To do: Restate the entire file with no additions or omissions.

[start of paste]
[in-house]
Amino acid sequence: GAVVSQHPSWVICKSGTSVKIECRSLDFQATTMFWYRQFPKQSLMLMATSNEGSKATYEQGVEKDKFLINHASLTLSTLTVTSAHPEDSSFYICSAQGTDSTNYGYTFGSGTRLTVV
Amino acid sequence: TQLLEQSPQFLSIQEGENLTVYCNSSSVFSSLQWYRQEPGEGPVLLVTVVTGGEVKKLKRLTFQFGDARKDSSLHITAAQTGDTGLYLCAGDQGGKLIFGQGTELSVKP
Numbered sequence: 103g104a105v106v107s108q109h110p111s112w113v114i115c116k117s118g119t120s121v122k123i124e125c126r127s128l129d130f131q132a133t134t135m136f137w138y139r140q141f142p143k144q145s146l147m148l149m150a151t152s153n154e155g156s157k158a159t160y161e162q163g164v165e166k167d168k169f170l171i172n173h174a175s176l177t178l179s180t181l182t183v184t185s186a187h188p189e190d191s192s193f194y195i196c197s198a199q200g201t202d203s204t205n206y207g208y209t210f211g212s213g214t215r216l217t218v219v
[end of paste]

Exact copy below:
[in-house]
Amino acid sequence: GAVVSQHPSWVICKSGTSVKIECRSLDFQATTMFWYRQFPKQSLMLMATSNEGSKATYEQGVEKDKFLINHASLTLSTLTVTSAHPEDSSFYICSAQGTDSTNYGYTFGSGTRLTVV
Amino acid sequence: TQLLEQSPQFLSIQEGENLTVYCNSSSVFSSLQWYRQEPGEGPVLLVTVVTGGEVKKLKRLTFQFGDARKDSSLHITAAQTGDTGLYLCAGDQGGKLIFGQGTELSVKP
Numbered sequence: 103g104a105v106v107s108q109h110p111s112w113v114i115c116k117s118g119t120s121v122k123i124e125c126r127s128l129d130f131q132a133t134t135m136f137w138y139r140q141f142p143k144q145s146l147m148l149m150a151t152s153n154e155g156s157k158a159t160y161e162q163g164v165e166k167d168k169f170l171i172n173h174a175s176l177t178l179s180t181l182t183v184t185s186a187h188p189e190d191s192s193f194y195i196c197s198a199q200g201t202d203s204t205n206y207g208y209t210f211g212s213g214t215r216l217t218v219v